Expressions Dance Company And BeijingDance/LDTX: Matrix Brisbane Review @ QPAC

  • Written by 
  • Friday, 15 November 2019 12:00
'Matrix' 'Matrix' Image © WANG Xiao-Jing

In this exhilarating double bill, Expressions Dance Company partner with one of China’s leading contemporary dance companies – BeijingDance/LDTX – to present a wildly ambitious programme under the moniker 'Matrix'.


Comprising works by two preeminent female choreographers, 'Matrix' is the result of a five-week creative development in China, and features brand-new works by multi award-winning Australian choreographer, dancer and director Stephanie Lake, and the highly-acclaimed Chinese choreographer, Ma Bo.

Through this cross-cultural collaboration we see two starkly different approaches to contemporary dance – both of which are infused with bold ideas and visually stunning movement.

The first work, ‘Auto Cannibal’ by Stephanie Lake is an ambitious, albeit short piece which uses disciplined formation as the foundation for innovative movement. Those familiar with her work will recognise some of her signature moves which she has unashamedly reused in this new production. Rather than being apologetic, Stephanie has set about to do exactly that – hence the title which references her repurposing, reinvention and use of previously successful choreographic sequences. “Our modern world is obsessed with newness and consumption but this work is an ode to reusing, repurposing, and reinvigorating,” Stephanie said.

'Auto Cannibal' is an aural and visual feast and while abstract in nature, it is powerful in its purpose and Stephanie’s ability to deliver a unique physical language is evident in this high energy, tightly choreographed work.

The twenty dancers respond to Robin Fox’s percussive score with short, sharp, accented hand and arm gestures that are almost robotic in nature. At first, these sequences are delivered in unison before the dancers break away and form new groups across the stage then come together again in a precisely choreographed tribal dance.

MaBo YinPeng Matrix19
Image © Yin Peng

It is breathtaking in its originality and while only 25 minutes in duration, there is so much happening between the dancers it seemed much longer. Costumes by Xing Yameng, and imaginative lighting by Joy Chen added to its impact and success.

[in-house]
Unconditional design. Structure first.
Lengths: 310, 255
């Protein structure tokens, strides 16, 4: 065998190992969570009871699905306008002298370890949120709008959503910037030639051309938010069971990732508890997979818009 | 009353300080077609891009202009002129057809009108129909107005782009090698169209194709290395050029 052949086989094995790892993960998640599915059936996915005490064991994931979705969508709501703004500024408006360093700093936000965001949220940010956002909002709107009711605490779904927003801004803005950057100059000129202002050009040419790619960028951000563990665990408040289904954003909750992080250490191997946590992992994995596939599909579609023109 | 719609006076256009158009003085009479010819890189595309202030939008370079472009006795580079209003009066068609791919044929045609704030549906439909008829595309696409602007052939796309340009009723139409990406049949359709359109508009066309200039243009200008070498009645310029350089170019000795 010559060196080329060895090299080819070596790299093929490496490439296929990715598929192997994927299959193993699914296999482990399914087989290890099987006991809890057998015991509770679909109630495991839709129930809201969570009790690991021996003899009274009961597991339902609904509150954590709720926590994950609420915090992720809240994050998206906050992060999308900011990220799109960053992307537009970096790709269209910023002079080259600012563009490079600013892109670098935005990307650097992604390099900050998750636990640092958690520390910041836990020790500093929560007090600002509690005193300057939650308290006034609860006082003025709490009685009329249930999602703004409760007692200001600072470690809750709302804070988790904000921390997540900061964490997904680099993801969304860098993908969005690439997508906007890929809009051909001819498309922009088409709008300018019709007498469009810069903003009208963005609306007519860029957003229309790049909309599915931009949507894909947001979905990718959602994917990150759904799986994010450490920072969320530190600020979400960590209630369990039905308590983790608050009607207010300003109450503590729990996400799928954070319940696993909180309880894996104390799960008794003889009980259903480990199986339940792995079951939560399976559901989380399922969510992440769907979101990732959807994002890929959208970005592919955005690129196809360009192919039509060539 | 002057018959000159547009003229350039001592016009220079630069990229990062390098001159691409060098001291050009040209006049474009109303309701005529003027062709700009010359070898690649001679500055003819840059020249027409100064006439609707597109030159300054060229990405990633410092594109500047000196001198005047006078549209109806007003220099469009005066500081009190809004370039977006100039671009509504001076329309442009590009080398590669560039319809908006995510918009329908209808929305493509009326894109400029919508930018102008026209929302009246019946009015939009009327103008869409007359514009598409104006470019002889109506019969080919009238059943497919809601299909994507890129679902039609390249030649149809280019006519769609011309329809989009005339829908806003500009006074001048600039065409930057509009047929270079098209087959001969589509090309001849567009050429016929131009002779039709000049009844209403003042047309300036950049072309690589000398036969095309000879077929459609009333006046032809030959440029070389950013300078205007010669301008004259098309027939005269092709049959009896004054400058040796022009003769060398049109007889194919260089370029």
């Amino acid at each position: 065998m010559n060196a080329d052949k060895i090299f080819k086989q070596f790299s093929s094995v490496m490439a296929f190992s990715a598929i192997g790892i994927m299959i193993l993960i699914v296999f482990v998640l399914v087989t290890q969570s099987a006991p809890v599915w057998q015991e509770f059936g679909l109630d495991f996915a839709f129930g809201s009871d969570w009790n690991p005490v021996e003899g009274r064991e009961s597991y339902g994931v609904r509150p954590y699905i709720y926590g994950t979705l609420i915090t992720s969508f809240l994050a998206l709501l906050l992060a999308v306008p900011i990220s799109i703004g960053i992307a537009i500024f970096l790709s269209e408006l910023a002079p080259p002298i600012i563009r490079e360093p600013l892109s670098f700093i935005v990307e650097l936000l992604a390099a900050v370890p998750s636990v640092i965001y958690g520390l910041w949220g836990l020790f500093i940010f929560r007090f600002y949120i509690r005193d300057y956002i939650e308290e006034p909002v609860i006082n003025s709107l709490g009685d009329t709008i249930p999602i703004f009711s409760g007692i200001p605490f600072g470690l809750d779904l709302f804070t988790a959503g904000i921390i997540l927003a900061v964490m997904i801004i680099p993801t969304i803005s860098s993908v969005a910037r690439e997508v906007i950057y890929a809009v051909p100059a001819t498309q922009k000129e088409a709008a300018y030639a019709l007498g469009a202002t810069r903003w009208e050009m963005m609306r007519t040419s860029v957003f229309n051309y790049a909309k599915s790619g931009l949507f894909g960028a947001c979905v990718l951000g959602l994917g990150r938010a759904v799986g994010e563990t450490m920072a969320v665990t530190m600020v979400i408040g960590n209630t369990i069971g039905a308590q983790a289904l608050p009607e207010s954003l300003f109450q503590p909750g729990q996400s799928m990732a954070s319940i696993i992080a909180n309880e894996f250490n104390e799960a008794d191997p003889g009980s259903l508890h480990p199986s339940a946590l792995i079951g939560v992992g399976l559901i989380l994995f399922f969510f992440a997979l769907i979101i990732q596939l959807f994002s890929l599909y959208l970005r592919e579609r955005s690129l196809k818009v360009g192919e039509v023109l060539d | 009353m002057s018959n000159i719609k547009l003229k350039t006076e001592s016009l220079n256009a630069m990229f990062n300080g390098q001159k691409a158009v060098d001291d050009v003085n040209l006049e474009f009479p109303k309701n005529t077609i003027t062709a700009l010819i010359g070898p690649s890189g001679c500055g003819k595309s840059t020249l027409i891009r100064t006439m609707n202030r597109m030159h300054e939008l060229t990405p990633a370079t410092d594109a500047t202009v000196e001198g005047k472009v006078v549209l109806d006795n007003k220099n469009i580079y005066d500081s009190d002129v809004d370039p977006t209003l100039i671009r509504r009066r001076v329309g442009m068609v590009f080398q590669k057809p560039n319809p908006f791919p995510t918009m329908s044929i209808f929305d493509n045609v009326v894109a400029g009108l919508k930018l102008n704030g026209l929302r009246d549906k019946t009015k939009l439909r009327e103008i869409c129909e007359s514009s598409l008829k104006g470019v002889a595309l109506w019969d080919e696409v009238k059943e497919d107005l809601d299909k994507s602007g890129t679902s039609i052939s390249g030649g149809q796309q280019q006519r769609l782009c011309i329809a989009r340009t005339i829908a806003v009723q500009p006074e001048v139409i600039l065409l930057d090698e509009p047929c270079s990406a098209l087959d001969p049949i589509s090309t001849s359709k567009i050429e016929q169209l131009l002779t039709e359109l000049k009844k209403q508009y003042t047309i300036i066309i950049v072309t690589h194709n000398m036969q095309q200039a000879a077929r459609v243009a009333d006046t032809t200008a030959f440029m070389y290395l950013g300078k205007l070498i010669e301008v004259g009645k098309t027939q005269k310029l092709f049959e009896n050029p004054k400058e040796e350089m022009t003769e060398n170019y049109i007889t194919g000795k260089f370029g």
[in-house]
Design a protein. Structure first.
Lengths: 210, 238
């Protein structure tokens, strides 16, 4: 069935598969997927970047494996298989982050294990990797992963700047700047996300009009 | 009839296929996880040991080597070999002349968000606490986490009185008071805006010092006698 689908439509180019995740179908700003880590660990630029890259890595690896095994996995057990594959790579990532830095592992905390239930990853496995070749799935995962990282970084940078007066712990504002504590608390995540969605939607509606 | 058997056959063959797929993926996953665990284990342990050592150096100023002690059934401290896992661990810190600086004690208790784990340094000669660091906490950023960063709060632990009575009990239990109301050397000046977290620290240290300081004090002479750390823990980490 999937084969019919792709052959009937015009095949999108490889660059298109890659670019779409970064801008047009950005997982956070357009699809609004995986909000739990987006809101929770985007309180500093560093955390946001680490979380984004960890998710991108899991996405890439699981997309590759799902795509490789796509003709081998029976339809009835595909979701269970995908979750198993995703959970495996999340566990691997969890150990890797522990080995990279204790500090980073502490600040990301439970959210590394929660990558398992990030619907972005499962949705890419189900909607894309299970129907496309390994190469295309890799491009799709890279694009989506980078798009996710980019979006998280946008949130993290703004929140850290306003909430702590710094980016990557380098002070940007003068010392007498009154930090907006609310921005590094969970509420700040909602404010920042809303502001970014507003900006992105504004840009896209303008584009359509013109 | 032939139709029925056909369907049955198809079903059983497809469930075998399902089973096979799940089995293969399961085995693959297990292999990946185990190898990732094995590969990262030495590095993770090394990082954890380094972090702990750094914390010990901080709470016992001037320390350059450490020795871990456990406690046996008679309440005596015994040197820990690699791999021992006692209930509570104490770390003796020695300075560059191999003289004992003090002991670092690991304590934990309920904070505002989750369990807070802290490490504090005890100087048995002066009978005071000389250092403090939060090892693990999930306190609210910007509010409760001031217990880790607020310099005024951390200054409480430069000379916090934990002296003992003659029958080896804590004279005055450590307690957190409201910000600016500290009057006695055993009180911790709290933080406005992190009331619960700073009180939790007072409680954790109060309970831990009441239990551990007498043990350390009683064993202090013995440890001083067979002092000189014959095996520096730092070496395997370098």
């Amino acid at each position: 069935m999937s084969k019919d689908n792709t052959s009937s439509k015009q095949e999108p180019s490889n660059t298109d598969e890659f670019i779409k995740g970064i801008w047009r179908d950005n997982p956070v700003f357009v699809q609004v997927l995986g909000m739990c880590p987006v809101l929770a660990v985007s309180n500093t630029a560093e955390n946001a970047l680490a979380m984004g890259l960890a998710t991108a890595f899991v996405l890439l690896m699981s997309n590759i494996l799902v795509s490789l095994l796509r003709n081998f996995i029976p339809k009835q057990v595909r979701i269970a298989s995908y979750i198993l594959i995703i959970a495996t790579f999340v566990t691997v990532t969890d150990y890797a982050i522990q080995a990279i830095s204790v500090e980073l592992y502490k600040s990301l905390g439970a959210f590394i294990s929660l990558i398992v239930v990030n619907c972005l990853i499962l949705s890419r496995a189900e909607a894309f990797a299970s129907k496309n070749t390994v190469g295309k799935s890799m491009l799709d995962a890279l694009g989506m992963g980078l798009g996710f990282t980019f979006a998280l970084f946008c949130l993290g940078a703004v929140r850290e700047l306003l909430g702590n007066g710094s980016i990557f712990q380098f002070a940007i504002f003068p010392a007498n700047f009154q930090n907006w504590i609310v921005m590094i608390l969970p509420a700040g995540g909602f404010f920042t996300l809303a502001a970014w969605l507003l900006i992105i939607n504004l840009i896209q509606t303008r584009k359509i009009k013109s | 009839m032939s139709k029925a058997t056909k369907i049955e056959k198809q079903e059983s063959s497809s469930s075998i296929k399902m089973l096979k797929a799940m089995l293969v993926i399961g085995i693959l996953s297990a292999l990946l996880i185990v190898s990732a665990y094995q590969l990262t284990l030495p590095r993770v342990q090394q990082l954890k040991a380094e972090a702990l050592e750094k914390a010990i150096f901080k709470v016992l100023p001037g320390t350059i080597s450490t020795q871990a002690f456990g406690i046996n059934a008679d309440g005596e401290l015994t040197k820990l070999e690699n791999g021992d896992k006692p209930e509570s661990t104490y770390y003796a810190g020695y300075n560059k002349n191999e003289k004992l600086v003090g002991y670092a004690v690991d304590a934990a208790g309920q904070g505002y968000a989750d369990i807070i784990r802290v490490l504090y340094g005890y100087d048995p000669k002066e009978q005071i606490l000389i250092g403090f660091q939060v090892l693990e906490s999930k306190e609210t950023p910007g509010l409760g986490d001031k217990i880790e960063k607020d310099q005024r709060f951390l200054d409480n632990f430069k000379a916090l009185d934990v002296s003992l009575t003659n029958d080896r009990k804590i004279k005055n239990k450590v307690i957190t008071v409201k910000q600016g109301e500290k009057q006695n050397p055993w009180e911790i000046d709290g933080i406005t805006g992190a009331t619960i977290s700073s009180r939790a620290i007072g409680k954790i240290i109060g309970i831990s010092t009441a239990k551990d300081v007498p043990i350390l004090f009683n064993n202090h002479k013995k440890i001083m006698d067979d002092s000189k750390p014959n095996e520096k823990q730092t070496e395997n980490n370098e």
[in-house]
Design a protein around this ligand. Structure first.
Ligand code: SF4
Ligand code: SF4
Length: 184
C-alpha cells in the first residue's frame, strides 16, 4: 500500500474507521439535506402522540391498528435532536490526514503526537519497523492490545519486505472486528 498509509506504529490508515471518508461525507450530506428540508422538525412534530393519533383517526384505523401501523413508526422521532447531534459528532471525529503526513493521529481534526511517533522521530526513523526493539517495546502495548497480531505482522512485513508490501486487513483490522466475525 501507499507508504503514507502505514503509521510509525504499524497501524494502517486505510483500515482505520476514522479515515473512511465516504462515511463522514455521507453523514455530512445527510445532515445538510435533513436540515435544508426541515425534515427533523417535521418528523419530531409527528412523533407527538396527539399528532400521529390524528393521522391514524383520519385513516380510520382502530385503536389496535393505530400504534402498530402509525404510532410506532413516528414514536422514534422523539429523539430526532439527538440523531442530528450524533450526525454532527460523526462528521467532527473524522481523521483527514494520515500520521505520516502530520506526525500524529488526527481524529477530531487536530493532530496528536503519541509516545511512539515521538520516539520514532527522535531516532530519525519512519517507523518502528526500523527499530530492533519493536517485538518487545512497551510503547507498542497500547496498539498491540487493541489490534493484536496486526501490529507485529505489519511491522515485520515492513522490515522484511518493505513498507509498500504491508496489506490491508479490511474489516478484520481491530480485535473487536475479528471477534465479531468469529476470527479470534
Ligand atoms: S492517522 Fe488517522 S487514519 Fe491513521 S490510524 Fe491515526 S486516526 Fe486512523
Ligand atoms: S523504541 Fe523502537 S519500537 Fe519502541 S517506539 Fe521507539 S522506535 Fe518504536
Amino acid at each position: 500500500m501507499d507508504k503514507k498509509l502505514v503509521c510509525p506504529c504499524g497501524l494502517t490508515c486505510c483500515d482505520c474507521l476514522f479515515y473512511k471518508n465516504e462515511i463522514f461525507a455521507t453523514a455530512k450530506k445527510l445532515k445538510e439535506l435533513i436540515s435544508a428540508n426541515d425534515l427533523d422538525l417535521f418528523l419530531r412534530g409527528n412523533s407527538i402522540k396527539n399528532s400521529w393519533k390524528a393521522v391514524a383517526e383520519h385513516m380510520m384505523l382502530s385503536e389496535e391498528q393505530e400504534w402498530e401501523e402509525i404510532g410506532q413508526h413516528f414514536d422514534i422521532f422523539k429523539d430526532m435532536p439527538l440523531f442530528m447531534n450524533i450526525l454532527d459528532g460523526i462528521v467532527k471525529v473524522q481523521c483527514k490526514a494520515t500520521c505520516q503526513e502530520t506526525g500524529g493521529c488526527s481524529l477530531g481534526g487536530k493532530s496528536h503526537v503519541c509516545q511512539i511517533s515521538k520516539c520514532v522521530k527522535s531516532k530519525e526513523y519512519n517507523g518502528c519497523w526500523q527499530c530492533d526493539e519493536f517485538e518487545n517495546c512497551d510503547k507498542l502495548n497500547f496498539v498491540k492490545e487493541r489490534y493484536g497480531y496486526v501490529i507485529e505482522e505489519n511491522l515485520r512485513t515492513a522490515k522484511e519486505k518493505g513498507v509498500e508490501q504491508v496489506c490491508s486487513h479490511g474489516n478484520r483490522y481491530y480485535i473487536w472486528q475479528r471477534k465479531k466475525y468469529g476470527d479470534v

The second work, 'Encircling Voyage' by Ma Bo is unambiguously different in its design and purpose and the way Ma uses the dancers' limbs and bodies is quite extraordinary – highlighting the astonishing virtuosity of the dancers.

In this choreographically complex work – which plots the inevitable cycle of arrival, experience and departure – the dancers take every opportunity to fully explore each stage of our existence. At times it's like a game of Twister with the dancers engaged in improvisation. They frequently roll over each other’s backs and intertwine their limbs in seemingly impossible ways. It's playful yet graceful as couples, with hands clasped, propelled themselves elegantly around and around. There are numerous highlights and moments of repetition that carry the piece forward, using the accompanying musical composition by David Darling and sound effects by Mao Liang to wonderful effect.

The dancers commit themselves to the challenging choreography as well as to the stage props where multiple low benches, covered in a reflective surface, are moved around the stage allowing the dancers to move on and around each piece.

While the contrast between the works couldn’t be starker, this double bill showcases the range and versatility of these two companies and the cultural and artistic value of this pioneering five-year Chinese Australia Dance Exchange Project.  

★★★★☆

'Matrix' plays Queensland Performing Arts Centre until 16 November.

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